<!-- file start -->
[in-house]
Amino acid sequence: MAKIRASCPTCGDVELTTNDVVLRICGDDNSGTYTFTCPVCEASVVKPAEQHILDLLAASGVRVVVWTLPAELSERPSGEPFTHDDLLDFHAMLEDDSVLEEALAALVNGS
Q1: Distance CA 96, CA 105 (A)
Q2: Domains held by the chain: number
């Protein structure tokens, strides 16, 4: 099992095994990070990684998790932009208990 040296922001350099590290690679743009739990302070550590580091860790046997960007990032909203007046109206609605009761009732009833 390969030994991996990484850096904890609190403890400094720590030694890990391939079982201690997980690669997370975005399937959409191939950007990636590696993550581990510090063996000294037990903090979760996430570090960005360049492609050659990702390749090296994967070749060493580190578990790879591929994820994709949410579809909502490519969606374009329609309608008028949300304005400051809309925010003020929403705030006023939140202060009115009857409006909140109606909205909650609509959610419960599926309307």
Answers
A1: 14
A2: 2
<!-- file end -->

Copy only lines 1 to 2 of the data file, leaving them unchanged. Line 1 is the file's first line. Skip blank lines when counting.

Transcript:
[in-house]
Amino acid sequence: MAKIRASCPTCGDVELTTNDVVLRICGDDNSGTYTFTCPVCEASVVKPAEQHILDLLAASGVRVVVWTLPAELSERPSGEPFTHDDLLDFHAMLEDDSVLEEALAALVNGS